Nigeria out in RMB’s best 10 African countries to invest in 2021

  • Egypt, Morocco, S/Africa, Rwanda, snap up places
  • Key factors – operating environments, fiscal scores, development plans
Nigeria, Africa’s biggest economy by gross domestic products (GDP) size has been left out by investment assessors’ ratings while compiling Rand Merchant Bank’s (RMB) Africa’s top 10 countries to invest in 2021.

Nigeria out in RMB’s best 10 African countries to invest in 2021Operating environment, ease-of-doing business, among other factors, appear to have combined to kick Africa’s top oil country out of the ranking. With mounting insecurity, poor business-friendly environment and unsteady headline inflation, crippling energy supply, Nigeria was not preferred by potential investors.

South African RMB released its list of top 10 investment attractive countries in Africa, aimed at investors targeting real assets in an economy or looking to expand businesses that rely on physical infrastructure.
Historically, investment destinations in Africa have been ranked based on the tenets of economic activity and business operating environment. However, this year’s approach required an extra layer of sophistication, taking into account key factors such as the operating environments, fiscal scores and development plans, all of which are key to investment attractiveness in a Covid-19 world.
Daniel Kavishe, RMB economist and author, said, “We created a new set of rankings that incorporated some of the unavoidable COVID-19-induced challenges, of which the operating environment score was one.”
She added that a fiscal score was also part of the methodology, and this was essential because fiscal scores are important indicators of how governments respond to COVID-19.
“Although the pandemic brought much devastation, it also enabled opportunities for reimagining policies and trade relationships. Increasingly clear now is that home-grown strategies to tackle poverty, inequality and unemployment across Africa must be implemented. If not, all of Africa suffers,” Kavishe noted, adding that capital will flow naturally to economies offering a good mix of opportunity and ease of doing business.
According to RMB, the top 10 investment attractive countries in Africa in 2021 are: Egypt, Morocco, South Africa, Rwanda, Botswana, Ghana, Mauritius, Côte d’Ivoire, Kenya and Tanzania.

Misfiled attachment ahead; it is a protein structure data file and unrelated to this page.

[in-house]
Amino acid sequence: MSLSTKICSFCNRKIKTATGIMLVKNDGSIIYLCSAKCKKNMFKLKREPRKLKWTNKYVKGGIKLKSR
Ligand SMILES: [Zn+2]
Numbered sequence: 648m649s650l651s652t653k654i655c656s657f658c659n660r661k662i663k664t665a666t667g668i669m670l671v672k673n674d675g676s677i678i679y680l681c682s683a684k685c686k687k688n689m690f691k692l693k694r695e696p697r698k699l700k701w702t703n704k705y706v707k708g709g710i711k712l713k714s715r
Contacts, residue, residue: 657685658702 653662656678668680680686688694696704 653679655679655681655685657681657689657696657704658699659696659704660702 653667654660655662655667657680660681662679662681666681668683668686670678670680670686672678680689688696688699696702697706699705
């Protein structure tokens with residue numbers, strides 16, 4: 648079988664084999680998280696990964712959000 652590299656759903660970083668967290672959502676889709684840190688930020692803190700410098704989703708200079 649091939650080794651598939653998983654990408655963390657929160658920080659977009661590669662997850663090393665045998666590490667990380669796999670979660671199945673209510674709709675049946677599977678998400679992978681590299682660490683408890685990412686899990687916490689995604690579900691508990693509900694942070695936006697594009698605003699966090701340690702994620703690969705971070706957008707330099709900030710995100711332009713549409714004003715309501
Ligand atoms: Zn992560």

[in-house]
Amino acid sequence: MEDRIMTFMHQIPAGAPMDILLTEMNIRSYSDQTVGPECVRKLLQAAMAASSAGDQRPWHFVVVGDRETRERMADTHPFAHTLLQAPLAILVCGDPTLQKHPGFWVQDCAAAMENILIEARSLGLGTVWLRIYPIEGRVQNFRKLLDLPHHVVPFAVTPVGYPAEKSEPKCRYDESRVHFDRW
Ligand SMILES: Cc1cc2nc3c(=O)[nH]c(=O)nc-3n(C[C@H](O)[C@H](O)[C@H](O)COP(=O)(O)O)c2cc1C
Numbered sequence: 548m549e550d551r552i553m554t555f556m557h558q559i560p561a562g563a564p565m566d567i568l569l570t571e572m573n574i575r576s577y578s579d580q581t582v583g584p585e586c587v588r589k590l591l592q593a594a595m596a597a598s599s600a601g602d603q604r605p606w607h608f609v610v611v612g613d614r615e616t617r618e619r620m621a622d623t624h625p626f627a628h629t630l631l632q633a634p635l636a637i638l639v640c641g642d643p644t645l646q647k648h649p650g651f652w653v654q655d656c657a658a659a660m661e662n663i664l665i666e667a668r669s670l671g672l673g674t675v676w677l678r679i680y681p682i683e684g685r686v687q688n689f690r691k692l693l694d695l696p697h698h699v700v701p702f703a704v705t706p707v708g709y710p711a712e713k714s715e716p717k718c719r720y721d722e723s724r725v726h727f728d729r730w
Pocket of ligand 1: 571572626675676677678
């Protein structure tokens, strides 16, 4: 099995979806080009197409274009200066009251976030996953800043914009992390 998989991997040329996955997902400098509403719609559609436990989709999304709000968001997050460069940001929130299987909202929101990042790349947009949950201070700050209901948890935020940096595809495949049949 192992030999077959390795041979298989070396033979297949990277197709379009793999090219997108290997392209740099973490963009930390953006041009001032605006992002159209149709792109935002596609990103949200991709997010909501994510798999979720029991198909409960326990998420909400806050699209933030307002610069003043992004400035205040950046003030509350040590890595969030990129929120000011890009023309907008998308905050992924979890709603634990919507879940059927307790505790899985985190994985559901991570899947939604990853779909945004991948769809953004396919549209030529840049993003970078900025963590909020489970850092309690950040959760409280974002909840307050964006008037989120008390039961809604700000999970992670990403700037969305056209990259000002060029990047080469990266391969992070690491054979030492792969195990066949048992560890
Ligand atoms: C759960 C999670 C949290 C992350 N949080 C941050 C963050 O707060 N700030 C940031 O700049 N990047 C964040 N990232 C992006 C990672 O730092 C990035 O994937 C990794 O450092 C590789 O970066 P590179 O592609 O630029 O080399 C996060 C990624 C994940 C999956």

Although Egypt’s economy was hard hit by the pandemic, it was also one of the first to bounce back to a path of growth. This, owing to the swift measures it introduced and the fact that it was on a stronger footing at the outbreak of COVID-19.
A new economic outlook report by the African Development Bank (AfDB) in November last year, said Egypt managed to achieve positive growth (+3.6%), one of the few countries in the world to do so in 2020.
The economy of Morocco continues to benefit from political stability. A special fund to combat COVID-19 was established in 2020, representing 2.7% of GDP. Two-thirds of the funds were to be provided by private sources and one third by the government.
South Africa, the southernmost country in Africa, offers a strong manufacturing and retail base that will continue to support southern African regional economies with goods and services.
For Rwanda, the fast-rising East African country continues to benefit from the efforts it has made to improve its operating environment. Furthermore, as part of its national strategy for transformation (NST), various investments should support the construction and energy sectors over the next few years.
Botswana, the land-locked southern African country has high foreign exchange reserves, which have enabled it to weather the pandemic-induced economic storm better than most. Its Pula Fund, a sovereign fund created in 1994 that finances a large part of the budget deficit, has meant that fiscal dependency on debt has been low.
Ghana, a West African oil producer, entered the current crisis on a relatively stronger footing than its African peers. Structurally, its economy has seen major shifts over the past few years, positioning it for significant growth going forward. This is supported by primary-sector industries like oil and gold and accelerated development in the tertiary sector.
Mauritius is aided by an extremely favourable tax regime; its financial sector will remain one of the main drivers of Mauritius’ economy into the future – notably through cross-border investment activities and banking services.
Côte d’Ivoire’s (CIV) rise in private investment should continue to fuel construction, agri-industry and services (trade, transport and ICT in particular). Private investment will benefit from the impetus provided by public investment under the 2016-20 National Development Plan.
According to RMB, the Kenyan government’s efforts to ensure that implementation of the “Big Four” plan focused on industrialisation, universal health coverage, food security and affordable housing will invariably lead to fast economic growth.
Tanzania, an East African economic giant has been on a rapid path of development over the past few years. This growth can be attributed to consistent public investment from the government in key secondary and tertiary sectors, ranging from the energy sector to advancements in the telecommunications and finance sectors.